**DOI:**http://dx.doi.org/10.15446/dyna.v82n190.43286

**Classification of voltage sags according to the severity of the effects on the induction motor**

**Clasificación de los huecos de tensión de acuerdo a la severidad de los efectos en el motor de inducción**

**Adolfo Andrés Jaramillo-Matta ^{a}, Luis Guasch-Pesquer ^{b }& Cesar Leonardo Trujillo-Rodríguez ^{c}**

^{a}* Facultad de Ingeniería, Universidad Distrital Francisco José de Caldas, Bogotá, Colombia. ajaramillom@udistrital.edu.co ^{b} Departamento de Ingeniería Eléctrica, Universidad Rovira i Virgili, Tarragona, España. luis.guasch@urv.cat ^{c} Facultad de Ingeniería, Universidad Distrital Francisco José de Caldas, Bogotá, Colombia. cltrujillo@udistrital.edu.co*

]]>

**Received: May 2**

^{th}, de 2014. Received in revised form: September 30^{th}, 2014. Accepted: October 21^{th}, 2014

**This work is licensed under a** Creative Commons Attribution-NonCommercial-NoDerivatives 4.0 International License.

**Abstract **In this paper, symmetrical and unsymmetrical voltage sags are classified according to the severity of the effects produced on the behavior of induction motors, using the double-cage rotor model. The analyzed variables are: current and torque peaks, and speed loss in transient and steady states. The severity of these effects is analyzed with 14640 voltage sags, both at the beginning of the voltage sag and when the voltage is recovered, by changing the type, magnitude, duration, and initial-point-of-wave. Four mechanical torque loads were used for the analysis, three with constant behavior and one with quadratic behavior. The results show the durations and initial-point-of-wave with more severe effects for each type of voltage sag. Finally, a classification that depends on the type of voltage sag and the variable of interest is obtained.

*Keywords*: double-cage model; induction machine; sensitivity curves; symmetrical and unsymmetrical voltage sags.

**Resumen **En este artículo se clasifican los huecos de tensión simétricos y asimétricos de acuerdo a la severidad de sus efectos sobre el comportamiento de los motores de inducción, utilizando el modelo de doble jaula. Las variables analizadas son: picos de corriente y par, y pérdida de velocidad en régimen transitorio y en estado estable. La severidad de estos efectos se analiza con 14640 huecos, tanto al inicio del hueco como cuando se recupera la tensión, cambiando su tipo, magnitud, duración y punto de onda inicial. Para el análisis se utilizaron tres cargas de par mecánico con comportamiento constante y una carga con comportamiento cuadrático. Los resultados muestran las duraciones y los puntos de la onda inicial que tienen efectos más severos para cada tipo de hueco. Finalmente se obtiene una clasificación que depende tanto del tipo de hueco como de la variable de interés.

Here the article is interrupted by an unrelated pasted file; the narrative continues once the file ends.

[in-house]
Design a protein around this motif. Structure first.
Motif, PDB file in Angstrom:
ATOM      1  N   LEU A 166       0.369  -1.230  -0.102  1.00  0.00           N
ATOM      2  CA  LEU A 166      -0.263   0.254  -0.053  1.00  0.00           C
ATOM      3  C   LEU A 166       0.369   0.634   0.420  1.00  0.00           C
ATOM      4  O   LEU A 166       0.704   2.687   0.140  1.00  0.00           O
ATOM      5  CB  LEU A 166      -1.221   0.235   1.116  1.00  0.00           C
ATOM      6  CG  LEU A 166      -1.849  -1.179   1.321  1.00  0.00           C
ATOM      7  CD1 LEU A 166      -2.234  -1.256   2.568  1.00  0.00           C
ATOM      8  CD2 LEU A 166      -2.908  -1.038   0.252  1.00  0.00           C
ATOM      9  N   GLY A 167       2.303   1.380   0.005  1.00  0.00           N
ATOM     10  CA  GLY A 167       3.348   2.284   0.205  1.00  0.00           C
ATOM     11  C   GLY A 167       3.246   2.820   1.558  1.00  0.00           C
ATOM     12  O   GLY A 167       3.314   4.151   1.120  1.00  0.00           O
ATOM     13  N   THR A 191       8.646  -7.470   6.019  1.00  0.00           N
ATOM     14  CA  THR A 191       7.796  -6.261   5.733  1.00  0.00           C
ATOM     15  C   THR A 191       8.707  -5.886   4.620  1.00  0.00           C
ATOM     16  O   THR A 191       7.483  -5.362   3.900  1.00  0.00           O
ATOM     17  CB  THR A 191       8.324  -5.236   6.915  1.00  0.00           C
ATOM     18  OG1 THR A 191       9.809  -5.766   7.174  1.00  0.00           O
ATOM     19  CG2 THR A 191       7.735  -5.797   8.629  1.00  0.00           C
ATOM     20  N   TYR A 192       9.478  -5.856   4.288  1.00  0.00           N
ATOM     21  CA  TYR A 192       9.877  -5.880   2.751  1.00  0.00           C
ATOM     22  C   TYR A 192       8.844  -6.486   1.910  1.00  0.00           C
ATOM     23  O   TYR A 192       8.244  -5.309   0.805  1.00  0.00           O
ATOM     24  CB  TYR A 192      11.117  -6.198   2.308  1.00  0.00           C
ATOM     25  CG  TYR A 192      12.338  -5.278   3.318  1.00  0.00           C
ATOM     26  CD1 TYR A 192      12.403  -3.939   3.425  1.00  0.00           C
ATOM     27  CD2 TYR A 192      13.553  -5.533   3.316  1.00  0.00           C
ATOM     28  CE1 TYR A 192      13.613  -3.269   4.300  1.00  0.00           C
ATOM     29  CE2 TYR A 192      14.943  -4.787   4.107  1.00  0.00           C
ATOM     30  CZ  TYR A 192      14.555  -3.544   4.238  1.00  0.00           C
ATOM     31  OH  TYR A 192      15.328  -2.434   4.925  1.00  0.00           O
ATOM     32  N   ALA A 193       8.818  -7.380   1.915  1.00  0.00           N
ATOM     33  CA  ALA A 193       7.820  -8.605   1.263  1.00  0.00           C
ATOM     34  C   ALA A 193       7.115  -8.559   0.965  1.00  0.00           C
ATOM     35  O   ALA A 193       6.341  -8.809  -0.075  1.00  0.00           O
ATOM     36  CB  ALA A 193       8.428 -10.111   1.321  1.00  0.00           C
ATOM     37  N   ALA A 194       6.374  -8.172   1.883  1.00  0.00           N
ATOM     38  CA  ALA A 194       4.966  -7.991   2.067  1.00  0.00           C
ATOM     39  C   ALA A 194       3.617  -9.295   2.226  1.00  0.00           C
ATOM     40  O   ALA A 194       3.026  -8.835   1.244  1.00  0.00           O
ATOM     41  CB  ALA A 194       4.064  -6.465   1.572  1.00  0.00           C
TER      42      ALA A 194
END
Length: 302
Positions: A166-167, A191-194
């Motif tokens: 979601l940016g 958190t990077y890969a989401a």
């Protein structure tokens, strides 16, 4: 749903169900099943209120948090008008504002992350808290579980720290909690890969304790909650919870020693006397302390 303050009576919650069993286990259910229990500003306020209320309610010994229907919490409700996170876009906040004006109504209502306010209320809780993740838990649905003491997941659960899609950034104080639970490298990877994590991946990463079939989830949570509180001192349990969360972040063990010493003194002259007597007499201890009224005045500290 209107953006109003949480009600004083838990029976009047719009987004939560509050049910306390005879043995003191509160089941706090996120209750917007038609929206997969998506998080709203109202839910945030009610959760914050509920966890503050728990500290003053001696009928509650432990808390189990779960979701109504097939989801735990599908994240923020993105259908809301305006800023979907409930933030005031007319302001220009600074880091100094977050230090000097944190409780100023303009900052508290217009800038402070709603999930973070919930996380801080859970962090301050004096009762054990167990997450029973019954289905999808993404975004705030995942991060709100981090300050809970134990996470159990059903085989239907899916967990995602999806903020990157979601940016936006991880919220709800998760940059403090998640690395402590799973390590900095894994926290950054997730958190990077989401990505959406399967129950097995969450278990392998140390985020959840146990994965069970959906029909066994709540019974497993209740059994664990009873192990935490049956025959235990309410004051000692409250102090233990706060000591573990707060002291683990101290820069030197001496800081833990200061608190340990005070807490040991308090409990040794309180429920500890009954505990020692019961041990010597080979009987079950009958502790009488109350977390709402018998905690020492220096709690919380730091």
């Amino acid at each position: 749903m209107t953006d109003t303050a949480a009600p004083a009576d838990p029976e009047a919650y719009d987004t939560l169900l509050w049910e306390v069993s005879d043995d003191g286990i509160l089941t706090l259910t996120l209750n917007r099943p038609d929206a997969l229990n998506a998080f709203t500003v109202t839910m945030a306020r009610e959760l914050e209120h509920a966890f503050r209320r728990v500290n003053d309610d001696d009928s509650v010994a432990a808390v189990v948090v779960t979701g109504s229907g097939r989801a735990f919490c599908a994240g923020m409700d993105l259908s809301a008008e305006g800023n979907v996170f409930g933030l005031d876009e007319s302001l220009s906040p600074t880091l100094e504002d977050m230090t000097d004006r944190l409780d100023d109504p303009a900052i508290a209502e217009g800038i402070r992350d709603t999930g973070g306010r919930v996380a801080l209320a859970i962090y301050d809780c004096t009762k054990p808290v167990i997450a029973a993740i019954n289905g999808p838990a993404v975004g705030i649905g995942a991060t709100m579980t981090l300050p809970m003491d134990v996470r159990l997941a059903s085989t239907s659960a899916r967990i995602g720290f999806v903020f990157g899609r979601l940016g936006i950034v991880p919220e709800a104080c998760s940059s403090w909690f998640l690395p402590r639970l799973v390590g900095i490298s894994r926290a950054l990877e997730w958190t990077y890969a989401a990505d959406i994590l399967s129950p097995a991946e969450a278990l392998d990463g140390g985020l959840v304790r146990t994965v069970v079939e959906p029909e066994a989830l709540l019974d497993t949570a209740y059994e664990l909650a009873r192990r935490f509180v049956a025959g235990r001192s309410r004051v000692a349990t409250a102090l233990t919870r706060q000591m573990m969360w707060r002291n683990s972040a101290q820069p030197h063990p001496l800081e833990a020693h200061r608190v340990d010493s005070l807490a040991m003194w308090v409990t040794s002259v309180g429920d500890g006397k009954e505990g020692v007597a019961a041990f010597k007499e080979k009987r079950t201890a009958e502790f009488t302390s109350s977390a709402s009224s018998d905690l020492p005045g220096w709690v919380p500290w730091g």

*Palabras clave*: Curvas de sensibilidad; huecos de tensión simétricos y asimétricos; máquina inducción; modelo de doble jaula.

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**1. Introduction**

A voltage sag is a reduction in the rms voltage of between 0,1 and 0,9 pu of the operating voltage [1, 2]. Typically the duration of a voltage sag is from 0,5 to 1 minute [3]. A three-phase fault produces symmetrical sags. Single-line-to-ground, phase-to-phase or two-phase-to-ground faults cause unsymmetrical sags. Voltage sags can be caused by many events, e.g. short circuit, storms, overloads, insulation failures, poor maintenance, and starting of large loads at neighboring facilities, among others.

The voltage sags cannot always be predicted and are recorded in large numbers each year, adversely affecting the power quality and causing severe damage in power devices, particularly in motors, transformers, process control equipment, and computers [4-7].

Induction motors are most commonly used in the industry and when subjected to voltage sags may be damaged or their service life may decrease. Their reaction to voltage sag may generate speed loss, high current peaks or high torque peaks, which produce unwanted activations in the electrical protection system in production plants, stopping the processes and causing major economic losses. As for power quality, if the motors are high power, the consequences of the current peaks and torque produced by voltage sags may cause other electromagnetic disturbances at the nearest point of common connection (PCC) such as swells, fluctuations or even other voltage sags.